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Reading Food : Cookbooks: A Fan's Notes

November 08, 1990|GRACE KIRSCHENBAUM | Grace Kirschenbaum is the publisher of World of Cookbooks, the International Cookbook Newsletter

And "Memories of Gascony" by Pierre Koffman is a look back at life on a small farm in Southwest France before those farms became modernized and mechanized. Koffman takes us through all the seasons of the year. Today he is a chef at his own highly acclaimed restaurant in London, where he cooks meals inspired by the country food he grew up with.

From Patricia Quintana's "Feasts of Mexico," about growing up in a family of gifted cooks in Mexico, we get a clear understanding of how that gift was cherished through the generations.

Among these ethnic Greats, a new author makes an appearance this season. It is Diane Kochilas, whose "The Food and Wine of Greece" goes far beyond other Greek cookbooks--not only in her passion and love for Greece, Greek food and the people of Greece but in superb recipes that are the result of years of collecting.

Ours is an age of political turmoil, with migrations and displacements of entire ethnic groups. Often such events result in extraordinary cookbooks that would never have been written in more tranquil periods. One of these is Najmieh Batmanglij's "Food of Life," now the definitive book on Iranian cooking: not just a recipe collection but a fond introduction to a culture and a fascinating cuisine--customs, folk tales, ceremonies, poetry, sayings and proverbs and excellent recipes. It is interesting to note that the best books on Indian cuisine, such as the works of Julie Sahni, have been done not in India, but in the U.S., England and South Africa.

2) Cross-Cultural Books --These are increasing, another inevitable result of the political unrest and displacement of peoples in our time. This season will see some truly great ones: "We Called It Macaroni" by Nancy Verde Barr is an irrepressibly nostalgic book about growing up in an Italian-American community in Rhode Island. Traditional cooking of Southern Italy meets with American inventiveness and wonderful food results.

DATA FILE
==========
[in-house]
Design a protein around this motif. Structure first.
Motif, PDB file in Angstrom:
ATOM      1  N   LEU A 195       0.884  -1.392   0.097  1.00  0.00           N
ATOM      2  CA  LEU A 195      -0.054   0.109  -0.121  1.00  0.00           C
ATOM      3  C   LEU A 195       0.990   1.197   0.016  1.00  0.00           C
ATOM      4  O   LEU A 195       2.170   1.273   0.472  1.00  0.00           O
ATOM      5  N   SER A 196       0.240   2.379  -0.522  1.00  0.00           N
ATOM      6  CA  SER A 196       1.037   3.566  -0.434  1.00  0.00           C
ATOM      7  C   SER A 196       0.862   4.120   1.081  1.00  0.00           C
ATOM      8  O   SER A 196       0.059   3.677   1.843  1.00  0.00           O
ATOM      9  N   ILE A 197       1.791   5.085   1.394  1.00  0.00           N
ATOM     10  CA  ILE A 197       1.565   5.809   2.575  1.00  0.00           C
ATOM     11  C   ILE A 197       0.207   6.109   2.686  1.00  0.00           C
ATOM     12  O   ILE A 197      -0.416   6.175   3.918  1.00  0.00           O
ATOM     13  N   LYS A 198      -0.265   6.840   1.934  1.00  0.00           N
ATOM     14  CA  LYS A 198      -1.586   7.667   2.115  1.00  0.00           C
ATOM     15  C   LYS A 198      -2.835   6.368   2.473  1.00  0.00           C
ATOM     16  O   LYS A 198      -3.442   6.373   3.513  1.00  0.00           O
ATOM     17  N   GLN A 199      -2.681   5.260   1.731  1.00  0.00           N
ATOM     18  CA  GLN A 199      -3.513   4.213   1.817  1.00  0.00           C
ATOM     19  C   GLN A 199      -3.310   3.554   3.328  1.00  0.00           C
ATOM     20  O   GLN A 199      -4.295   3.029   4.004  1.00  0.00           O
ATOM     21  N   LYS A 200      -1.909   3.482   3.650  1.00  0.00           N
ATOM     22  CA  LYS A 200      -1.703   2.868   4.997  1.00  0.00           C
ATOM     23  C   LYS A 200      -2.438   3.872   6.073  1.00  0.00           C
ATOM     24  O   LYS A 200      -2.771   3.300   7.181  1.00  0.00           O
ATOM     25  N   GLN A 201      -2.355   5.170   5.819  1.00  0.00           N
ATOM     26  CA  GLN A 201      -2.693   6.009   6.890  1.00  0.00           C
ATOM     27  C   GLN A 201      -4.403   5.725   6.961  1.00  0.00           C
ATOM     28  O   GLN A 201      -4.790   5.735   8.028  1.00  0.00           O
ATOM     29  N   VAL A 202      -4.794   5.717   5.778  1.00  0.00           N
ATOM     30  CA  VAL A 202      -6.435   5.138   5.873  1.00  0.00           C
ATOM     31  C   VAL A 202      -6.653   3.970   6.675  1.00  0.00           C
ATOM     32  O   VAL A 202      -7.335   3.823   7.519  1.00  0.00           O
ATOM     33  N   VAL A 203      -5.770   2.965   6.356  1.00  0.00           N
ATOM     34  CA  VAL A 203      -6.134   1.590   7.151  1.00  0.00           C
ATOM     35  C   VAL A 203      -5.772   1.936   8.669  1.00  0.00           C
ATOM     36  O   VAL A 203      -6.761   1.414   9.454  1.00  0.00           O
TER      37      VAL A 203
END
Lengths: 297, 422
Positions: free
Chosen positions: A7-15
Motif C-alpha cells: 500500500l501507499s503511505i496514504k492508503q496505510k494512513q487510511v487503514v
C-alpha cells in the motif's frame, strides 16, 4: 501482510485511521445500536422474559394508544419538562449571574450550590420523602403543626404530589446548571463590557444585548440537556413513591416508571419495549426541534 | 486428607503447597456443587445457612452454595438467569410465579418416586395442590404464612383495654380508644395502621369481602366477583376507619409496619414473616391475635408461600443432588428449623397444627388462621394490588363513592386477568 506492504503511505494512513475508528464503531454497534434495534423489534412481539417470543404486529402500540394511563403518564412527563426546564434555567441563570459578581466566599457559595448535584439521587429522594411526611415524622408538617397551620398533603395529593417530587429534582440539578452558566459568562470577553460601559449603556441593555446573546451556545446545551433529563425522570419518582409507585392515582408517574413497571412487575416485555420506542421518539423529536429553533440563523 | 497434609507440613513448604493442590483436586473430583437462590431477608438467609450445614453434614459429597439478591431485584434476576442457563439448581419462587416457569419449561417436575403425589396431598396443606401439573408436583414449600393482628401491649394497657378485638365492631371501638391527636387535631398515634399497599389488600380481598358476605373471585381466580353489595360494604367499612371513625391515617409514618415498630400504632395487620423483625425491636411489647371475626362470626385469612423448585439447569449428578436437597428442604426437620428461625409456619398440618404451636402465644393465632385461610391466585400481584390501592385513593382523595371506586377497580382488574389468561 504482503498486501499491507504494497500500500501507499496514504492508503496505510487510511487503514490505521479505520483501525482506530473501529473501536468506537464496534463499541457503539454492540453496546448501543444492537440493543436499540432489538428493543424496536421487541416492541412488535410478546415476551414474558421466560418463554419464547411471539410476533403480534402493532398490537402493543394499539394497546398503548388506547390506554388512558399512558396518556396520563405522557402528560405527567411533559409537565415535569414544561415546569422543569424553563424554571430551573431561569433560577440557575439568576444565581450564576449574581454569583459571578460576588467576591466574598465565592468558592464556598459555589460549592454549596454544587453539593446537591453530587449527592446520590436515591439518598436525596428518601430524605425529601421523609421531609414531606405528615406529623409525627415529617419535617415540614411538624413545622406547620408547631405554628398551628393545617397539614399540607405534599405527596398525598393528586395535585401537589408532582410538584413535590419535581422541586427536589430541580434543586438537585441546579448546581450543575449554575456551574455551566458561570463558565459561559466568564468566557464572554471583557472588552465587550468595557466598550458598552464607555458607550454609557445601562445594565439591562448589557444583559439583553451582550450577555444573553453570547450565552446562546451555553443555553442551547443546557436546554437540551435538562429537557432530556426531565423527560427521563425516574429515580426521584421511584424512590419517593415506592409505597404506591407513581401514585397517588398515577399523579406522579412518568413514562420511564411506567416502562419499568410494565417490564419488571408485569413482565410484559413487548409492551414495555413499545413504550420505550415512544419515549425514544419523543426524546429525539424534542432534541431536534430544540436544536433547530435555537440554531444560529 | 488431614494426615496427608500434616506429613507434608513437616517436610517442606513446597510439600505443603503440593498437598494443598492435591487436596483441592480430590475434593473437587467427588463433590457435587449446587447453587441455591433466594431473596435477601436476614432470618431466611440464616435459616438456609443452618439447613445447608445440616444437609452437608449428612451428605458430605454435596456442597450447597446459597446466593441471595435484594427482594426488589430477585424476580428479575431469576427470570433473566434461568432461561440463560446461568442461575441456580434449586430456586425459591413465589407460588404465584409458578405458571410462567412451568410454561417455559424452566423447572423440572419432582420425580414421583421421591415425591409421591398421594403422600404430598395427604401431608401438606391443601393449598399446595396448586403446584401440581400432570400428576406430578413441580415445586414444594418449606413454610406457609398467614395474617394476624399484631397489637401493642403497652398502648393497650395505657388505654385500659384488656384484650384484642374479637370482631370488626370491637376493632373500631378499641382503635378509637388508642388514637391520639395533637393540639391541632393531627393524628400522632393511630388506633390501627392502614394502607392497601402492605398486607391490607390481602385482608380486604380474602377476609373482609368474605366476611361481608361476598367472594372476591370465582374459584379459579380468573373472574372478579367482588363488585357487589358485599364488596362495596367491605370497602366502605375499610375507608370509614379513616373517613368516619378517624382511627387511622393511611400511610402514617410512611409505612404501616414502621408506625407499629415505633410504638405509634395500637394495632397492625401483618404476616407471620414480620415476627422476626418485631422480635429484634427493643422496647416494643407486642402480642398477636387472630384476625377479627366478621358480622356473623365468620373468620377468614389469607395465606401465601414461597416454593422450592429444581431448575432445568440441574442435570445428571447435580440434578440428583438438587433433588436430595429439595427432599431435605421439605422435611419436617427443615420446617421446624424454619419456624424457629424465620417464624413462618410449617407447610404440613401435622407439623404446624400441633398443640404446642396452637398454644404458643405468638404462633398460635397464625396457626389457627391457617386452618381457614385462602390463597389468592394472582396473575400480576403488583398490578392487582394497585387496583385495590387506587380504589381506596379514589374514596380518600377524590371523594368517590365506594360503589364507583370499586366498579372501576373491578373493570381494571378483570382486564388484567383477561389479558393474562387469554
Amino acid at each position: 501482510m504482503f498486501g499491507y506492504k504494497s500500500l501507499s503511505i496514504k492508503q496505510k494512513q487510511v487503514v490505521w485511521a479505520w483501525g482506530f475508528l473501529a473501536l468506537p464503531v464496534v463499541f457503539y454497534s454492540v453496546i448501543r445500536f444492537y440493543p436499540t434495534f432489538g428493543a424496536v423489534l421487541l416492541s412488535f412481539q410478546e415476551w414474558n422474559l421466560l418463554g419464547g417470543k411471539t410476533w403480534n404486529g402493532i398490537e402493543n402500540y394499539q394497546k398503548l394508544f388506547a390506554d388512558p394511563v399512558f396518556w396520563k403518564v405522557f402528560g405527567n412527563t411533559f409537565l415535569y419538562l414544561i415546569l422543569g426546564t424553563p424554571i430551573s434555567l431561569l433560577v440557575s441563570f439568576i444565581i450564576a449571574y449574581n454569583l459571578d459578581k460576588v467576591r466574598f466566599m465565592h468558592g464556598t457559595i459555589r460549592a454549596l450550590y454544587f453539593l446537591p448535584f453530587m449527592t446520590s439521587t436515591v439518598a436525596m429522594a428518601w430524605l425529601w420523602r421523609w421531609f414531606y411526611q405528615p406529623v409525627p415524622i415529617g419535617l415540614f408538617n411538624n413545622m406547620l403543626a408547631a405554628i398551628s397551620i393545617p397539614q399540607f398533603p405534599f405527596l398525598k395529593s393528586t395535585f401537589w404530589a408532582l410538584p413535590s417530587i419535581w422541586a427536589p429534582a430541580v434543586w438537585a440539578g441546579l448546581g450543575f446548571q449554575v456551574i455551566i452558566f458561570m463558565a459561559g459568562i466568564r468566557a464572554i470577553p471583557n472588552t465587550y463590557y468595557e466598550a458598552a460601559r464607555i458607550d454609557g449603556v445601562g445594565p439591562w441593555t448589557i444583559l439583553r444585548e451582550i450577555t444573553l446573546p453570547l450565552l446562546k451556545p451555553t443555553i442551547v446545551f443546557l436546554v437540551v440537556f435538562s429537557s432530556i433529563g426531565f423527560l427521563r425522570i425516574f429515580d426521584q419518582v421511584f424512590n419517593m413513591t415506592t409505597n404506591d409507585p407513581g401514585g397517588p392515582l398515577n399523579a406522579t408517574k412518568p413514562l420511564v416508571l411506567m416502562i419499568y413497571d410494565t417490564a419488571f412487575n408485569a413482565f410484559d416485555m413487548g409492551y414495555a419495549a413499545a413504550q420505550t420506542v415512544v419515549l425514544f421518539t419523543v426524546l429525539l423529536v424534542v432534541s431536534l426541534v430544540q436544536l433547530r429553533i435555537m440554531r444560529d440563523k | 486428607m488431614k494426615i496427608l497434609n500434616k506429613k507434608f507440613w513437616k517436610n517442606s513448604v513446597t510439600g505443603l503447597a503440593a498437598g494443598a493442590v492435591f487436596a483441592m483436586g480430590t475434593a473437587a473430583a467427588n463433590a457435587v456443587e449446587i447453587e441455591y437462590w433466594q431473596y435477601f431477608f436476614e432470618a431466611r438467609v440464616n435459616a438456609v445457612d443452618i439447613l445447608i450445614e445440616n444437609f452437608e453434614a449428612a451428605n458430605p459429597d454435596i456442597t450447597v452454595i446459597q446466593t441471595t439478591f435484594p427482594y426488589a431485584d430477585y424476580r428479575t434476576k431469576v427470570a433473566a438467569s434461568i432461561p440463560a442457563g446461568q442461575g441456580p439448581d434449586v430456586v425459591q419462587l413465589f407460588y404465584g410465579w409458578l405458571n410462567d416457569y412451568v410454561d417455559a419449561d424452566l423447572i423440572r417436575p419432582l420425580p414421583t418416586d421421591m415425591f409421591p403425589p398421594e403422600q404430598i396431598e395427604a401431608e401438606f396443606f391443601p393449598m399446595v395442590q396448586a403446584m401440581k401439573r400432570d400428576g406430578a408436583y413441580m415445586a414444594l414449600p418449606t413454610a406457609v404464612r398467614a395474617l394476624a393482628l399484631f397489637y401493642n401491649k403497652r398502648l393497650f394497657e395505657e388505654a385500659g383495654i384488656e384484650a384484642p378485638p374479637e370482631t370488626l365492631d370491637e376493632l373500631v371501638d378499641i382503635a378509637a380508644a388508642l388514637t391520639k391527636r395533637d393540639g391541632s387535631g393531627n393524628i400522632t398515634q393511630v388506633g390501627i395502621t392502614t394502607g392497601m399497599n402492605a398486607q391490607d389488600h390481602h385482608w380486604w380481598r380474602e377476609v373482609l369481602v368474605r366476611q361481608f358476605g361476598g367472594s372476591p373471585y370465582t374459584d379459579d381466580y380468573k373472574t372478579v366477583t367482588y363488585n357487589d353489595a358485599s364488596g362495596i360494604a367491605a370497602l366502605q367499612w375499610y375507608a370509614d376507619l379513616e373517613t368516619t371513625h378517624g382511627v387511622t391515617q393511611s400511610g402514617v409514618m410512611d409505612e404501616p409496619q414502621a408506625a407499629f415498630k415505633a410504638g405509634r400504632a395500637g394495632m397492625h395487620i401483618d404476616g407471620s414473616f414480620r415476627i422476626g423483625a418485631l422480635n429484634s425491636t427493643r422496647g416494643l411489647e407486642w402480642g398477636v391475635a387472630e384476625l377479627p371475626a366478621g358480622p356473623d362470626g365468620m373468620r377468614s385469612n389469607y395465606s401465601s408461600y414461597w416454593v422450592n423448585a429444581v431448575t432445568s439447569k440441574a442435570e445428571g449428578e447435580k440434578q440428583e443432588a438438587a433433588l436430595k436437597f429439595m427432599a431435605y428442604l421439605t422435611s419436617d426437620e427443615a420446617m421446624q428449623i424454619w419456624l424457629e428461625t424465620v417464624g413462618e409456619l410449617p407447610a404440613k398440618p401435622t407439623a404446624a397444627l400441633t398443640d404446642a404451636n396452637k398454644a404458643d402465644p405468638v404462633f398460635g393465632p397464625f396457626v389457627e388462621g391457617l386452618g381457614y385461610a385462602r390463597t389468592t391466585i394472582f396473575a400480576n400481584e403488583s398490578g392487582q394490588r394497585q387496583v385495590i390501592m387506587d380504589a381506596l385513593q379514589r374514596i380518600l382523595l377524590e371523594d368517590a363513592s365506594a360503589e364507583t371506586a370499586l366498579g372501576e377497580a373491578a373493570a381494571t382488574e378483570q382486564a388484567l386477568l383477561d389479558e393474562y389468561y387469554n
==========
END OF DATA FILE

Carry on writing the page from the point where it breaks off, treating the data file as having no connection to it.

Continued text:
Also new and memorable this season is Jennifer Brennan's "Curries and Bugles," a memoir/cookbook about the time of the British Raj and the Anglo-Indian cookery that evolved from that period of English and Indian history, the first book to be published in America on this cross-cultural cuisine.

3) Chefs' Books --The most common complaint about these is that they are unworkable in home kitchens. It is true that restaurant chefs have assistants who can take on some of the preparations in complex recipes. So a chef's book that is no more than recipes--and recipes too difficult for home cooks to attempt--will only end up as a dust collector on the shelf.

But there have been great chefs' books--those that express the personality, culinary philosophy and unique experience of the chef.

"Ma Gastronomie" is about Fernand Point, who was, when he died in 1955, the master chef of the 20th Century. The book not only has his signature recipes such as marjolaine, but also shows him as the extraordinary human being he was. Point drew people to his restaurant not only for his food but for his gregarious, people-loving presence.

George Mardikian, author of "Dinner at Omar Khayyam's," made Californians aware of Armenian food; movie celebrities, politicians, business tycoons and ordinary people flocked to his restaurant. His book, though poorly edited, must be considered a Great chef's book because Mardikian's expansive personality is ever-present.

More recently, there was "My Gastronomy" by Nico Ladenis from England. It is surprising that this book has never been issued in an American edition. This self-taught chef with a multiethnic background--his French-Greek parents raised him in Tanzania, and he lived in Provence before ending up in England--wrested recognition from the critics despite his arrogance and opinionated manner. His recipes are carefully perfected, such as his highly praised chicken liver mousse: "There is extraordinary tension in the kitchen each time an order for it comes in. It has been called the definitive version of a chicken liver mousse," he writes.

Other recent chef's books not to be missed are those by Mark Miller, Janos Wilder, Jasper White and Marco Pierre White. Miller's "Coyote Cafe" with his innovative Southwest recipes has his approach to food set forth, intermingled with folk tales and artwork to set a mood.

4) Single Subject Cookbooks --These can be outstanding sources of information. When a person obsessed with exploring one area of food does it well, he does a great service. "The Book of Soba" by James Udesky is the result of seven years' study of these Japanese buckwheat noodles (he actually apprenticed to soba masters). This is an unusual portrait of Japanese food culture and reveals how soba evolved from a working-class food to the basis for a sophisticated cuisine served to aristocrats.

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